When learning a new software, there's a common tendency (to which I can personally attest) which favors focusing on core functionalities instead of memorizing keyboard shortcuts. This prioritization is sensible: learn what the software's features are - and more importantly if they're useful - before optimizing on how to perform them faster. Why memorize Microsoft Excel's "Trace Dependents" when you've never used it once before?
But this mentality effects an insidious inertia: once you've developed momentum pointing and clicking to get things done, it no longer seems necessary to learn the keyboard shortcuts. Motivating reasoning quickly follows:
- The upfront investment of learning keyboard shortcuts outweighs the perceived benefits of faster execution
- In a world of scarce brain real estate, learning keyboard shortcuts comes at the cost of learning more valuable information
These arguments obscure the true value of shortcuts: it's not about faster execution, it's about reducing cognitive load.
We can first acknowledge that muscle memory exists. A classic example of this is touch typing: you don't think about how you are going to type (eg. where the individual keys are), but rather what you are going to type. In other words, by relying on muscle memory instead of cognitive memory, you offload the mental burden of thinking about procedural steps to your fingers.
But muscle memory is not exclusive to keyboards. I'm sure many professional gamers would argue that, for certain tasks, pointing-and-clicking on the screen is much faster than keyboard shortcuts and is a veritable form of muscle memory. I am equally sure they would say that keyboard shortcuts are faster for other tasks. It would seem the keyboard-mouse trade-off depends on the task.
Which leads us to the second point: memorized keyboard shortcuts have a lower cognitive burden than pointing-and-clicking on multi-menu tasks. The science seems to be far from conclusive on the issue, but I agree with Jeff Atwood that the the superiority of keyboard shortcuts for multi-menu tasks appears self-evident. It also makes sense that chunking keyboard shortcuts is easier than sequential mouse clicks (eg. Alt + A + T is chunked as one shortcut, not three keypresses).
So where do we find a lot of multi-menu tasks? Some candidates:
- Your OS (eg. switching windows, opening applications, jumping between words/paragraphs/pages)
- Your browser (eg. new tabs, switching tabs, re-opening tabs, search)
- Your most commonly used applications (eg. Microsoft Excel, PowerPoint, Tableau)
- Your editor or IDE of choice (eg. Spyder, PyCharm, vim, emacs, RStudio)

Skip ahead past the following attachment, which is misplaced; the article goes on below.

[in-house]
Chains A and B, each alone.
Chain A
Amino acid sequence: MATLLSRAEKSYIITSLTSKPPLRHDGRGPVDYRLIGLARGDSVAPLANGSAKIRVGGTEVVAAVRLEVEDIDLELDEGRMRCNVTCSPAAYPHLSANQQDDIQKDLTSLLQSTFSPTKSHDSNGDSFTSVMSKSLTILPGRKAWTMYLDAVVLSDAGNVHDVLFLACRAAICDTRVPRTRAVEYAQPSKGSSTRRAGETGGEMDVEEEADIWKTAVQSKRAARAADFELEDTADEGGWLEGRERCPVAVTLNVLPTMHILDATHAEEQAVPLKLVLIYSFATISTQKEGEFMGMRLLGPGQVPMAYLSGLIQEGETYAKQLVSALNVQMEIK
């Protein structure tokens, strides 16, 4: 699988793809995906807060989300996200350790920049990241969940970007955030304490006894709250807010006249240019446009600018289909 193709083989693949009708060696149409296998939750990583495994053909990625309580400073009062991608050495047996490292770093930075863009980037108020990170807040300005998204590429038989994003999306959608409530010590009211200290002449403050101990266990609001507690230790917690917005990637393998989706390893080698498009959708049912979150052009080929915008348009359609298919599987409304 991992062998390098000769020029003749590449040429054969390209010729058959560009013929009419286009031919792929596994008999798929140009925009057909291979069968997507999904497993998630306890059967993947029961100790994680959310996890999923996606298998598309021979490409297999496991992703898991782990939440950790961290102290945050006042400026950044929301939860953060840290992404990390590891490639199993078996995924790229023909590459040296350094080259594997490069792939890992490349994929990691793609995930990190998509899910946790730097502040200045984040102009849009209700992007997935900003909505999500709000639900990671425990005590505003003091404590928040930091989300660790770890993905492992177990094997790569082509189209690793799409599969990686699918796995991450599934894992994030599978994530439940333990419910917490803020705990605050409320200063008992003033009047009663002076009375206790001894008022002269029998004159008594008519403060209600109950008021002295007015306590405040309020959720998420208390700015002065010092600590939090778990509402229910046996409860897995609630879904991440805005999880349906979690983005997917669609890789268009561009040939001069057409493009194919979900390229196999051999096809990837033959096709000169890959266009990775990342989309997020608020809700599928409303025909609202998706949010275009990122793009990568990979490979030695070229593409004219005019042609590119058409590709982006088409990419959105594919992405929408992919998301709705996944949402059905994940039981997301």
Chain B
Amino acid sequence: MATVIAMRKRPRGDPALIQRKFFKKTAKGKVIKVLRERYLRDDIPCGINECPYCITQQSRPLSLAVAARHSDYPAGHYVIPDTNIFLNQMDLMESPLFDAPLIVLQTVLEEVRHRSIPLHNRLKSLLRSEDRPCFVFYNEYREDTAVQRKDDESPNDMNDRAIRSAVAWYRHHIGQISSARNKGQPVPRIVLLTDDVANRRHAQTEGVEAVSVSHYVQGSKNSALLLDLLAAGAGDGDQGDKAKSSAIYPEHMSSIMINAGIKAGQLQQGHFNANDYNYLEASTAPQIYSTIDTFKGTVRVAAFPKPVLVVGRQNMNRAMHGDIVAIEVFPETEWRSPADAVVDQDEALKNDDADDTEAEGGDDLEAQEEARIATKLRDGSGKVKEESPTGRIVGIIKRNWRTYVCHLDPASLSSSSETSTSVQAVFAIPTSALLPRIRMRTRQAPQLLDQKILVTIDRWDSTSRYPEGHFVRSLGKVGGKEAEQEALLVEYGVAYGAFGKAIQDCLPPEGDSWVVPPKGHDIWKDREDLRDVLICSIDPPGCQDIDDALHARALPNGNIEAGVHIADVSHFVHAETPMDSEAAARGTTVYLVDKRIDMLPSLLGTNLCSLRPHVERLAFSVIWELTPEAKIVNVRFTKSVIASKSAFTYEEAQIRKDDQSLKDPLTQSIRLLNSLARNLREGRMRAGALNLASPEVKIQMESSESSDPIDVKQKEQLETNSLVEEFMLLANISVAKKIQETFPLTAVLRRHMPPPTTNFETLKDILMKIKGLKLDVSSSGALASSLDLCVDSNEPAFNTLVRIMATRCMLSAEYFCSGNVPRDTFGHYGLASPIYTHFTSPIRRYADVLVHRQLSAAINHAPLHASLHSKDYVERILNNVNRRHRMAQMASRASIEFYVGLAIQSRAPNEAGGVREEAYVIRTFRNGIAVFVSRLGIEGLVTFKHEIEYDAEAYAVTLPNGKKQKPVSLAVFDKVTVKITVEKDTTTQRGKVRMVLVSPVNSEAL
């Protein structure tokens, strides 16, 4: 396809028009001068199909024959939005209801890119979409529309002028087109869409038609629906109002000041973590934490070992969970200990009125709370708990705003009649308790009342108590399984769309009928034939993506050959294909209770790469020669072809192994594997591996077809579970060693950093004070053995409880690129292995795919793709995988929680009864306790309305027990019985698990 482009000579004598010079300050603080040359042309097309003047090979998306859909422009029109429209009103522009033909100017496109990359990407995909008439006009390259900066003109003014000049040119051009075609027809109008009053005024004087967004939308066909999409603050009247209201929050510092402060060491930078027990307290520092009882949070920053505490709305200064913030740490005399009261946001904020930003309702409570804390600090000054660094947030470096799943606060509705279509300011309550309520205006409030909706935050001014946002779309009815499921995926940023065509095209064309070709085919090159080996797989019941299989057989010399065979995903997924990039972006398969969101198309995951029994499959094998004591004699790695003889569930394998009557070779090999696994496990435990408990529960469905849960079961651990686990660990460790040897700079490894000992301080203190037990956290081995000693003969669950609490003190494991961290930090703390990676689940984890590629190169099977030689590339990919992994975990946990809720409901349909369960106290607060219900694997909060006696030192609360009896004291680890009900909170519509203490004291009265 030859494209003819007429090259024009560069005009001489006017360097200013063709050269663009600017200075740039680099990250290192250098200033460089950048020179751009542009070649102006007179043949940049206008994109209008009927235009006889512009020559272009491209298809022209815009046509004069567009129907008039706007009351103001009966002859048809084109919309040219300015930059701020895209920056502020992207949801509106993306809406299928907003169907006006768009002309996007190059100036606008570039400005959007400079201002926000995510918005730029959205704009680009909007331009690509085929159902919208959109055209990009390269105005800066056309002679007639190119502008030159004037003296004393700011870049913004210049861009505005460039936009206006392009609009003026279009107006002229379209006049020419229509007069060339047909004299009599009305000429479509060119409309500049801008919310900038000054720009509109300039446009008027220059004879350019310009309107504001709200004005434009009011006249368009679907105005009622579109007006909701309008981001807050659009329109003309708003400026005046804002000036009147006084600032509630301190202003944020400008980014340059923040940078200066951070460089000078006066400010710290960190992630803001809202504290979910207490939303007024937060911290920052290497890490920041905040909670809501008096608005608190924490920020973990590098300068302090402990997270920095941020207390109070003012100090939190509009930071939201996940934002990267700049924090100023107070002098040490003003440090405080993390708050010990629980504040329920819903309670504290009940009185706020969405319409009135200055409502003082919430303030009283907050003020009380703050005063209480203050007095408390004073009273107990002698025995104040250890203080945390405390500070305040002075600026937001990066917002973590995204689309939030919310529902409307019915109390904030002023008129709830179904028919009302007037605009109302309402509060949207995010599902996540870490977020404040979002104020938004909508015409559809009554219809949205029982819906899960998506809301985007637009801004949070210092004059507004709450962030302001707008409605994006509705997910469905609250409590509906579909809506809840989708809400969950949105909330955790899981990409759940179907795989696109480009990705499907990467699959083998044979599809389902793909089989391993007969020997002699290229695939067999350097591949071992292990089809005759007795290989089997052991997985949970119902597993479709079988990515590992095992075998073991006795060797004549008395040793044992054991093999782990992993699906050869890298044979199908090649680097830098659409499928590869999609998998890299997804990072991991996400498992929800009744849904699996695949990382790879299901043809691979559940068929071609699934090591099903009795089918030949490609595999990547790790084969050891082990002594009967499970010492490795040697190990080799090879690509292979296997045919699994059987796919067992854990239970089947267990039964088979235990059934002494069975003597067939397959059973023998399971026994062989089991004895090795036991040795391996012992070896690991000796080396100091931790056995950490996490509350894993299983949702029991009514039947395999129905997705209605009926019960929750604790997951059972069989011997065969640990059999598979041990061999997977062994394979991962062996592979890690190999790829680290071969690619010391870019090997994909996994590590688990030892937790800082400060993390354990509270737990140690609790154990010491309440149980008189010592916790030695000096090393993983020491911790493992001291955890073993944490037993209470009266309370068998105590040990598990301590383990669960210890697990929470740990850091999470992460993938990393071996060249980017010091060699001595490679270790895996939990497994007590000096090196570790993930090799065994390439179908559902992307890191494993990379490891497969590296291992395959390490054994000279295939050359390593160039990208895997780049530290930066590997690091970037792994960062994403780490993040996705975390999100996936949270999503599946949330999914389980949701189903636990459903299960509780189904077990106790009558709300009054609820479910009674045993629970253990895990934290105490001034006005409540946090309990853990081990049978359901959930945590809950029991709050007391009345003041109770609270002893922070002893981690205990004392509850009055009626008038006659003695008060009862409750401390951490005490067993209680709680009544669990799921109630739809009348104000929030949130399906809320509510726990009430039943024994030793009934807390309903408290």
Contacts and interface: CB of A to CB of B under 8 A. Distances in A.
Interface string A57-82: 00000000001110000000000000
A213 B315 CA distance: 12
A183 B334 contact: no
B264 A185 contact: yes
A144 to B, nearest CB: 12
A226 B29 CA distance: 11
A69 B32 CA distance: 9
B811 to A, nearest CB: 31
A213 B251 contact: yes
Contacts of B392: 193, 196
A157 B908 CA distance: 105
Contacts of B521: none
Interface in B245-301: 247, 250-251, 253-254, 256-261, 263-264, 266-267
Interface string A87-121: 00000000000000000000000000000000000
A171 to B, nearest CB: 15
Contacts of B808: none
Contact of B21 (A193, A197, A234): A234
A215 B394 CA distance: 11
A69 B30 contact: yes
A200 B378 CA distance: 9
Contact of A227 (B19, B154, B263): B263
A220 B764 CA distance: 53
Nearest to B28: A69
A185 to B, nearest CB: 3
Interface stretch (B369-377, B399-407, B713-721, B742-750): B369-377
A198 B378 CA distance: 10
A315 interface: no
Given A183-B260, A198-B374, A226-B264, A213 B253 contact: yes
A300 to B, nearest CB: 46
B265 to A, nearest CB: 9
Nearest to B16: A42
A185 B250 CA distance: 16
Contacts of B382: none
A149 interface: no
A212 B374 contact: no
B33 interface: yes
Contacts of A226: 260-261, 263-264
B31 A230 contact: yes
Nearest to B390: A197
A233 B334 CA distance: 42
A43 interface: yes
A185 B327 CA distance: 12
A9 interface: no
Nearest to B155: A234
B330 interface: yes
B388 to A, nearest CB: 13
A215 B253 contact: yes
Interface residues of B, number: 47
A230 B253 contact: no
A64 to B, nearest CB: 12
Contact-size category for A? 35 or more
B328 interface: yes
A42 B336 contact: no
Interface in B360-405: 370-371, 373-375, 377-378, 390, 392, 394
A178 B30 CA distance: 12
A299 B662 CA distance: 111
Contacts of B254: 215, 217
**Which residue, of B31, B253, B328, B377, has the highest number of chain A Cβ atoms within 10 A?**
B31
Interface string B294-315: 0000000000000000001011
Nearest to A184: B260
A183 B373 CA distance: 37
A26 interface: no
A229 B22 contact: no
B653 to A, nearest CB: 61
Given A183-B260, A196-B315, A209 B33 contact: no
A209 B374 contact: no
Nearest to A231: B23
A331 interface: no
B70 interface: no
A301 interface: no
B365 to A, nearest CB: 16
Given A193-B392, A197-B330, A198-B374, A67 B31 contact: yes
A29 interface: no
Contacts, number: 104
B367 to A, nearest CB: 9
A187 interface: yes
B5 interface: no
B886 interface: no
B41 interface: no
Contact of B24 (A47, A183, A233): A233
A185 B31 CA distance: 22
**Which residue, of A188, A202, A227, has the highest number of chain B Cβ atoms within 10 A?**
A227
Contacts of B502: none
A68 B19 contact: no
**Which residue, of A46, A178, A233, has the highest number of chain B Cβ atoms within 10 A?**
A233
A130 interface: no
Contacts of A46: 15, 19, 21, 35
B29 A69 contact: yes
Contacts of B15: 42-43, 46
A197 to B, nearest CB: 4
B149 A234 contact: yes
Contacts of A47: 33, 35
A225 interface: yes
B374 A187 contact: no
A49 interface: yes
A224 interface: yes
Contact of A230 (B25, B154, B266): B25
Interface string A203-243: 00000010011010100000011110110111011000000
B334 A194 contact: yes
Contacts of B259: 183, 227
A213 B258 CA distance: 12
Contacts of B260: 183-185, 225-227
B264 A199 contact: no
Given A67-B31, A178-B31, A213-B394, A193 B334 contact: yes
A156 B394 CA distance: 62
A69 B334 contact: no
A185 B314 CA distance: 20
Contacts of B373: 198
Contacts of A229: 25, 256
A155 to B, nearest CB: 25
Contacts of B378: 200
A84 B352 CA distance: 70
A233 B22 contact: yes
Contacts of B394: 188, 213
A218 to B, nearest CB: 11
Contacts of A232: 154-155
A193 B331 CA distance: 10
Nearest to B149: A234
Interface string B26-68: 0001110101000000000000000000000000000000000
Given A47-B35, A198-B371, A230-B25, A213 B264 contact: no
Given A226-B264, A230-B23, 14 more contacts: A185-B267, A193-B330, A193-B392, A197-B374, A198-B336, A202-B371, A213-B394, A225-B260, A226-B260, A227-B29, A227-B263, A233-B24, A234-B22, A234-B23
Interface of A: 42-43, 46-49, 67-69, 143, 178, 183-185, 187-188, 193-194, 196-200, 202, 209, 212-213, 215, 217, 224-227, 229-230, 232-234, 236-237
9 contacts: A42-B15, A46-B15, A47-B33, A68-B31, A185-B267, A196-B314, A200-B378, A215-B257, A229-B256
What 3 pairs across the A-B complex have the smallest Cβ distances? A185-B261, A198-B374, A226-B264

Let's take an example. Say you want to find the unique values of a filtered dataset in Excel. This requires several subtasks: selecting your data, opening filters, applying a filter, re-selecting your subset, copying it, pasting it elsewhere, re-selecting and finally removing duplicates. This totals about 15-18 clicks; by contrast it is about half as many keyboard shortcuts. Again, ignoring the upfront investment of learning the shortcuts, the advantage is unambiguous. There is a reason investment bankers and creative professionals invest so much time in learning shortcuts.
But what about that upfront investment?
Using a basic capital budgeting framework, we need to perform the task enough times to justify the initial investment. For those who spend the vast majority of their working lives in just a few applications (namely their browser, Adobe CS, Microsoft Excel, etc.), the conclusion is obvious: over tens of thousands of repetitions, virtually any initial investment is justified. In practice, the investment in these shortcuts requires just a few days (sometimes only hours) of slightly heightened focus - the benefit extends for years.
However the ultimate question still remains: using shortcuts definitely frees up mental bandwidth - so what?
Here I rely more on intuition: a lower cognitive burden allows for more creative and analytical thinking. When you go from searching for the next click to executing with your fingers, you free up your mind to consider more strategic questions. How do I sanity check my work? Are there other ways which would be informative to filter the data? How else can I pivot the data? I would argue that you have a higher likelihood of remembering these questions and avoiding trivial errors by focusing on high-level strategy, not implementation.
All this to say: always learn the shortcuts.
A corollary: in a world increasingly dependent on web apps, these applications should always be equipped with keyboard shortcuts. Thankfully this is fairly trivial now to implement on the web.